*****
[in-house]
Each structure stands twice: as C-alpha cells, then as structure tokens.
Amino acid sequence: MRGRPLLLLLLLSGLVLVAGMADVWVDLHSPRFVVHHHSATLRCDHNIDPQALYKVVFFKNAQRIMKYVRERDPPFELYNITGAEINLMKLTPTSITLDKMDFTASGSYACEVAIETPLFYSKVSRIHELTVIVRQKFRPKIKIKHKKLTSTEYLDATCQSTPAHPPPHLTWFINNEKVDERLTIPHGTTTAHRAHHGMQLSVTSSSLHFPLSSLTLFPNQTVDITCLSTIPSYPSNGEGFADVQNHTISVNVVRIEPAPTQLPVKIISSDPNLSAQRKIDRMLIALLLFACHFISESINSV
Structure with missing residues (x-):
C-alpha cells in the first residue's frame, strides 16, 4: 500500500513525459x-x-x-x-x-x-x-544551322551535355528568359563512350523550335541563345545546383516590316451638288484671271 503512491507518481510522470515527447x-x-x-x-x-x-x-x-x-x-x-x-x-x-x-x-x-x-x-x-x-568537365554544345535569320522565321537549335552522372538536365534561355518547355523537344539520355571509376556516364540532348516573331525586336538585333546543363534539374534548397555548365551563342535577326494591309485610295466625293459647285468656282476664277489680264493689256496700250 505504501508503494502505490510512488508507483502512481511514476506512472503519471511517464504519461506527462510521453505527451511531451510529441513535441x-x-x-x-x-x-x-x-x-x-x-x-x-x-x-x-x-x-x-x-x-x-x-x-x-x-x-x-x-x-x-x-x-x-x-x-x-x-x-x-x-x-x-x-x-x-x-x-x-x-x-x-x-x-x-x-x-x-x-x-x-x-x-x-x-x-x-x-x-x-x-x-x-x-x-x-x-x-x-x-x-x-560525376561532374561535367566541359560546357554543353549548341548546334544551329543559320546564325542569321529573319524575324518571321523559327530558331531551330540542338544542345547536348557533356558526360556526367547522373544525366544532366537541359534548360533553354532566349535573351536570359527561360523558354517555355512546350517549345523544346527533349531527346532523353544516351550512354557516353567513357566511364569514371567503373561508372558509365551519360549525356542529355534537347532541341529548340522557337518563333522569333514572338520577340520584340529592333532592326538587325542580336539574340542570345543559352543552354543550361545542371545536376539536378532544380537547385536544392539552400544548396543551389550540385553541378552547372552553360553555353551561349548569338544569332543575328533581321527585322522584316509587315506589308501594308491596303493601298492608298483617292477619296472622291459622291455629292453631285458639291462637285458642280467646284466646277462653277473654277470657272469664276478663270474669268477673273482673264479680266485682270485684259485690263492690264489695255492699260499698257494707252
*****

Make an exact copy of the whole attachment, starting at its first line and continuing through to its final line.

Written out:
[in-house]
Each structure stands twice: as C-alpha cells, then as structure tokens.
Amino acid sequence: MRGRPLLLLLLLSGLVLVAGMADVWVDLHSPRFVVHHHSATLRCDHNIDPQALYKVVFFKNAQRIMKYVRERDPPFELYNITGAEINLMKLTPTSITLDKMDFTASGSYACEVAIETPLFYSKVSRIHELTVIVRQKFRPKIKIKHKKLTSTEYLDATCQSTPAHPPPHLTWFINNEKVDERLTIPHGTTTAHRAHHGMQLSVTSSSLHFPLSSLTLFPNQTVDITCLSTIPSYPSNGEGFADVQNHTISVNVVRIEPAPTQLPVKIISSDPNLSAQRKIDRMLIALLLFACHFISESINSV
Structure with missing residues (x-):
C-alpha cells in the first residue's frame, strides 16, 4: 500500500513525459x-x-x-x-x-x-x-544551322551535355528568359563512350523550335541563345545546383516590316451638288484671271 503512491507518481510522470515527447x-x-x-x-x-x-x-x-x-x-x-x-x-x-x-x-x-x-x-x-x-568537365554544345535569320522565321537549335552522372538536365534561355518547355523537344539520355571509376556516364540532348516573331525586336538585333546543363534539374534548397555548365551563342535577326494591309485610295466625293459647285468656282476664277489680264493689256496700250 505504501508503494502505490510512488508507483502512481511514476506512472503519471511517464504519461506527462510521453505527451511531451510529441513535441x-x-x-x-x-x-x-x-x-x-x-x-x-x-x-x-x-x-x-x-x-x-x-x-x-x-x-x-x-x-x-x-x-x-x-x-x-x-x-x-x-x-x-x-x-x-x-x-x-x-x-x-x-x-x-x-x-x-x-x-x-x-x-x-x-x-x-x-x-x-x-x-x-x-x-x-x-x-x-x-x-x-560525376561532374561535367566541359560546357554543353549548341548546334544551329543559320546564325542569321529573319524575324518571321523559327530558331531551330540542338544542345547536348557533356558526360556526367547522373544525366544532366537541359534548360533553354532566349535573351536570359527561360523558354517555355512546350517549345523544346527533349531527346532523353544516351550512354557516353567513357566511364569514371567503373561508372558509365551519360549525356542529355534537347532541341529548340522557337518563333522569333514572338520577340520584340529592333532592326538587325542580336539574340542570345543559352543552354543550361545542371545536376539536378532544380537547385536544392539552400544548396543551389550540385553541378552547372552553360553555353551561349548569338544569332543575328533581321527585322522584316509587315506589308501594308491596303493601298492608298483617292477619296472622291459622291455629292453631285458639291462637285458642280467646284466646277462653277473654277470657272469664276478663270474669268477673273482673264479680266485682270485684259485690263492690264489695255492699260499698257494707252